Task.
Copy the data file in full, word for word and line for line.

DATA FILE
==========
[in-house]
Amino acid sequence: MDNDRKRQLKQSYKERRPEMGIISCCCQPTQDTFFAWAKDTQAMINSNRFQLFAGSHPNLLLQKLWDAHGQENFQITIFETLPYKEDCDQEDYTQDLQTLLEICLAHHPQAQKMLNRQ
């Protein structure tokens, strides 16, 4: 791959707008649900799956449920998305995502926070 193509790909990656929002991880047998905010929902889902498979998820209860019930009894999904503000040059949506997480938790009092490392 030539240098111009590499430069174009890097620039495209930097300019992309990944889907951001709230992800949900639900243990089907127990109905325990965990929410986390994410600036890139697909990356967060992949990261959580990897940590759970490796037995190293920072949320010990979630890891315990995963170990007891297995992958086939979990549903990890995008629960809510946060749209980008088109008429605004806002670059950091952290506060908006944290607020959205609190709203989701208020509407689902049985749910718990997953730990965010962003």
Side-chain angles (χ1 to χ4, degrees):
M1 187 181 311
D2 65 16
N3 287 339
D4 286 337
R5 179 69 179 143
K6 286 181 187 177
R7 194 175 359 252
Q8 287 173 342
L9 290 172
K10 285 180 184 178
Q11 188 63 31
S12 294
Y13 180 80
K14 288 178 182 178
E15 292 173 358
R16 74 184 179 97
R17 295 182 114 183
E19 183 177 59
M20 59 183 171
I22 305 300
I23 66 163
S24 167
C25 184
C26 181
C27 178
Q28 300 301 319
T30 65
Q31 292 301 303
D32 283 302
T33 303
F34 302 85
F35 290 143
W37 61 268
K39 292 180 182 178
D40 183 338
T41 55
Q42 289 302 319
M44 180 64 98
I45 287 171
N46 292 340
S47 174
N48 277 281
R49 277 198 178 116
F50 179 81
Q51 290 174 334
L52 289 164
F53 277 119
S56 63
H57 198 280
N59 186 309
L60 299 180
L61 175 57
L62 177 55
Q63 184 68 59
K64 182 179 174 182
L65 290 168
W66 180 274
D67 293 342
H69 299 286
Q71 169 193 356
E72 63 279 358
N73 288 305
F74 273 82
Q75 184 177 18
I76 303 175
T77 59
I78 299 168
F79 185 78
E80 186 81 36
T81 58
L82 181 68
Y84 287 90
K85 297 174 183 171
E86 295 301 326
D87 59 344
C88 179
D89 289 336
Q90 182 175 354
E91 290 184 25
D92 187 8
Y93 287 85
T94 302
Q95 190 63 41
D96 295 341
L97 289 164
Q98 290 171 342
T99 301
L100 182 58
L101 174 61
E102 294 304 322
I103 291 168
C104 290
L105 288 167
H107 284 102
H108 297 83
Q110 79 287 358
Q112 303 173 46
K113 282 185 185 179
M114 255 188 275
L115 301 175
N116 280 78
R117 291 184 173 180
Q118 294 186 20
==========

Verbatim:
[in-house]
Amino acid sequence: MDNDRKRQLKQSYKERRPEMGIISCCCQPTQDTFFAWAKDTQAMINSNRFQLFAGSHPNLLLQKLWDAHGQENFQITIFETLPYKEDCDQEDYTQDLQTLLEICLAHHPQAQKMLNRQ
């Protein structure tokens, strides 16, 4: 791959707008649900799956449920998305995502926070 193509790909990656929002991880047998905010929902889902498979998820209860019930009894999904503000040059949506997480938790009092490392 030539240098111009590499430069174009890097620039495209930097300019992309990944889907951001709230992800949900639900243990089907127990109905325990965990929410986390994410600036890139697909990356967060992949990261959580990897940590759970490796037995190293920072949320010990979630890891315990995963170990007891297995992958086939979990549903990890995008629960809510946060749209980008088109008429605004806002670059950091952290506060908006944290607020959205609190709203989701208020509407689902049985749910718990997953730990965010962003």
Side-chain angles (χ1 to χ4, degrees):
M1 187 181 311
D2 65 16
N3 287 339
D4 286 337
R5 179 69 179 143
K6 286 181 187 177
R7 194 175 359 252
Q8 287 173 342
L9 290 172
K10 285 180 184 178
Q11 188 63 31
S12 294
Y13 180 80
K14 288 178 182 178
E15 292 173 358
R16 74 184 179 97
R17 295 182 114 183
E19 183 177 59
M20 59 183 171
I22 305 300
I23 66 163
S24 167
C25 184
C26 181
C27 178
Q28 300 301 319
T30 65
Q31 292 301 303
D32 283 302
T33 303
F34 302 85
F35 290 143
W37 61 268
K39 292 180 182 178
D40 183 338
T41 55
Q42 289 302 319
M44 180 64 98
I45 287 171
N46 292 340
S47 174
N48 277 281
R49 277 198 178 116
F50 179 81
Q51 290 174 334
L52 289 164
F53 277 119
S56 63
H57 198 280
N59 186 309
L60 299 180
L61 175 57
L62 177 55
Q63 184 68 59
K64 182 179 174 182
L65 290 168
W66 180 274
D67 293 342
H69 299 286
Q71 169 193 356
E72 63 279 358
N73 288 305
F74 273 82
Q75 184 177 18
I76 303 175
T77 59
I78 299 168
F79 185 78
E80 186 81 36
T81 58
L82 181 68
Y84 287 90
K85 297 174 183 171
E86 295 301 326
D87 59 344
C88 179
D89 289 336
Q90 182 175 354
E91 290 184 25
D92 187 8
Y93 287 85
T94 302
Q95 190 63 41
D96 295 341
L97 289 164
Q98 290 171 342
T99 301
L100 182 58
L101 174 61
E102 294 304 322
I103 291 168
C104 290
L105 288 167
H107 284 102
H108 297 83
Q110 79 287 358
Q112 303 173 46
K113 282 185 185 179
M114 255 188 275
L115 301 175
N116 280 78
R117 291 184 173 180
Q118 294 186 20